Essay about Join: Nile and Great Ping Pong

Submitted By puppygalore
Words: 628
Pages: 3

The Nile river is the longest river in the world. It starts out in Lake Victoria, in the middle of Africa, and flows nearly four thousand (4,000) miles north to the Mediterranean Sea.
Lake Victoria, where the Nile starts, is the second largest fresh-water lake in the world. The only lake that is larger is Lake Superior, in between Canada and the United States.

Now nobody knows for sure who first suggested the great ping pong ball experiment. It might have been dreamed up by some absent-minded, daydreaming inventor. Or, it could have been thought up by some great scientist. Or, it might have been thought up by a little kindergartener in Kalamazoo, Michigan.

But the important thing is that somebody thought of it. And before long, people all over the world were talking about it. The newspapers printed stories about it. Television stations did special feature stories on it. And, everyone, just everyone, expected that the great ping pong ball experiment would happen right on time.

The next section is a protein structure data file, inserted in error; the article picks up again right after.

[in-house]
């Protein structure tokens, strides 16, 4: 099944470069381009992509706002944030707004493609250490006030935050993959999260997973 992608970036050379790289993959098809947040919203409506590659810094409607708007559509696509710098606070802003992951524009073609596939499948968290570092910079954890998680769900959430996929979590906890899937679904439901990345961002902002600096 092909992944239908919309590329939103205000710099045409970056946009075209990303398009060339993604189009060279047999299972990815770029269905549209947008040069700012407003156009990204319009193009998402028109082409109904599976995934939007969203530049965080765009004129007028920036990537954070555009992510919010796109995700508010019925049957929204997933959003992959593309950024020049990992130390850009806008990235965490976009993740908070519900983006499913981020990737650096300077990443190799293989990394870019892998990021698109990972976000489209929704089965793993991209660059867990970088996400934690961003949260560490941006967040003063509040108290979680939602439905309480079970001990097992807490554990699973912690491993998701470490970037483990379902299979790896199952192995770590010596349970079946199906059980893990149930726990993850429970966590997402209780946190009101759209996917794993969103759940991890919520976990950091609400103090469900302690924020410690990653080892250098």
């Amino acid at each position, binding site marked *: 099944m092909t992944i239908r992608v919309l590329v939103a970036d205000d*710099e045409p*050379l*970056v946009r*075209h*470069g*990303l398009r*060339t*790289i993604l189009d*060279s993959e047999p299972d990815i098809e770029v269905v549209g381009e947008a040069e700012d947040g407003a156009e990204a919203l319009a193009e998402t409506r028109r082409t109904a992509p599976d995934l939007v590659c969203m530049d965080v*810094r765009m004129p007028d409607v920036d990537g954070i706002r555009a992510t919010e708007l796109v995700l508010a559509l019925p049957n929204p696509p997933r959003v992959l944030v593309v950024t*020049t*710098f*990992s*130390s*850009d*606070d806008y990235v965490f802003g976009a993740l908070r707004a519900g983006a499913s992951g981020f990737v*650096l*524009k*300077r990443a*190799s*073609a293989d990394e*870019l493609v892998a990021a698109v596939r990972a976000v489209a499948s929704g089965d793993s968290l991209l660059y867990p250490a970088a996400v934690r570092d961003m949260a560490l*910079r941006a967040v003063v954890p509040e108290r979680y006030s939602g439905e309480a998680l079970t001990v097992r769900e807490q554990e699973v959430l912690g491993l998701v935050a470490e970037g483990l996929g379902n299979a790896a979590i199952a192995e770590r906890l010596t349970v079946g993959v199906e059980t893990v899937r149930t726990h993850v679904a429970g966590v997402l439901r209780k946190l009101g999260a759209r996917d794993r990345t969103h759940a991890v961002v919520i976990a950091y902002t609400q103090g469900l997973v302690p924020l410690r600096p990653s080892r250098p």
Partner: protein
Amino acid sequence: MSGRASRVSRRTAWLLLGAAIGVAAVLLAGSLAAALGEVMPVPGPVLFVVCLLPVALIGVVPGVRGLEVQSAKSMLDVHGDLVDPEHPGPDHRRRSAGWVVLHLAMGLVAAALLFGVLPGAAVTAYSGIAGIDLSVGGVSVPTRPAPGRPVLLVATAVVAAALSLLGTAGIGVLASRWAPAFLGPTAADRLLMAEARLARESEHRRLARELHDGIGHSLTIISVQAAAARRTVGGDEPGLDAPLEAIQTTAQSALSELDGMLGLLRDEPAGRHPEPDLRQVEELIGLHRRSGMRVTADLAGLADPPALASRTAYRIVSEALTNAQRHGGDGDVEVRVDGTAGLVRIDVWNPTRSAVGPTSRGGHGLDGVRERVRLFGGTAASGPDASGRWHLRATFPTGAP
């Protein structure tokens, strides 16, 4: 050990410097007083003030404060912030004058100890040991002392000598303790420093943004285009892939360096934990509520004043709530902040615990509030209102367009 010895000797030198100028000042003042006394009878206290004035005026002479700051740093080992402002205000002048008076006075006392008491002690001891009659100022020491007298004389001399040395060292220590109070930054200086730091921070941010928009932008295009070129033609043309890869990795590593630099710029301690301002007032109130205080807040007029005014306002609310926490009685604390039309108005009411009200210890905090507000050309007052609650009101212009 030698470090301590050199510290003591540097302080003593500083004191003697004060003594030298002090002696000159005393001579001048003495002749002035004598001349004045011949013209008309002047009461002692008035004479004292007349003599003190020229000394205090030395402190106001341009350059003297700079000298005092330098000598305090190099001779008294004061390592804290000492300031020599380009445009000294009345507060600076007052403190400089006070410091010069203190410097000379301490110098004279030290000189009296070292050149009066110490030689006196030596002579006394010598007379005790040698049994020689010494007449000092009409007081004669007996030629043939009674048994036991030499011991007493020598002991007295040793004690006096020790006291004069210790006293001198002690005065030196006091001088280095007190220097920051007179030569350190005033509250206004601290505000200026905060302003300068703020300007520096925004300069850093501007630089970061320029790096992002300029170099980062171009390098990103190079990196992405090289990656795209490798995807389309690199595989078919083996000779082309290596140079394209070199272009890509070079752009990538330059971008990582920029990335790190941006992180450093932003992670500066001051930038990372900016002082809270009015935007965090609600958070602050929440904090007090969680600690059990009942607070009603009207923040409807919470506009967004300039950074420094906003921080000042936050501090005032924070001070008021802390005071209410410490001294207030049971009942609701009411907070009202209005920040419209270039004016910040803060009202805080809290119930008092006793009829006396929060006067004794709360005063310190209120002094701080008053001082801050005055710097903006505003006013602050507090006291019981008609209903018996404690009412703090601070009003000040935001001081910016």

What exactly was the great ping pong ball experiment anyway? How was the experiment to be performed, and what was it supposed to show?

The great ping pong ball experiment took place to show just one thing. The purpose of the experiment was to show that a small, frail ping pong ball could travel four thousand miles down the longest river in the world.

The experiment would end when the ping pong ball reached the capital city of Egypt, Cairo. At that time, a kindergarten student from one of the schools in Cairo would reach down into the Nile, and pick up the ping pong ball that had been thrown into the river way back at Lake Victoria.

Two months. That's how long the ping pong ball would have to travel from Lake Victoria to Cairo. To add some zest and excitement to the experiment, the ping pong ball was to be thown into the top of the Nile River on November 1, 1999. The entire world would then watch to see if the ball could travel the length of the Nile before midnight, December 31, 1999.

But the journey would be a dangerous one for a small, frail ping pong ball to travel. The ball would have to survive at least nine large waterfalls. It would have to survive being thrown against rocks and boulders. It would have to survive getting stuck in the papyrus reeds by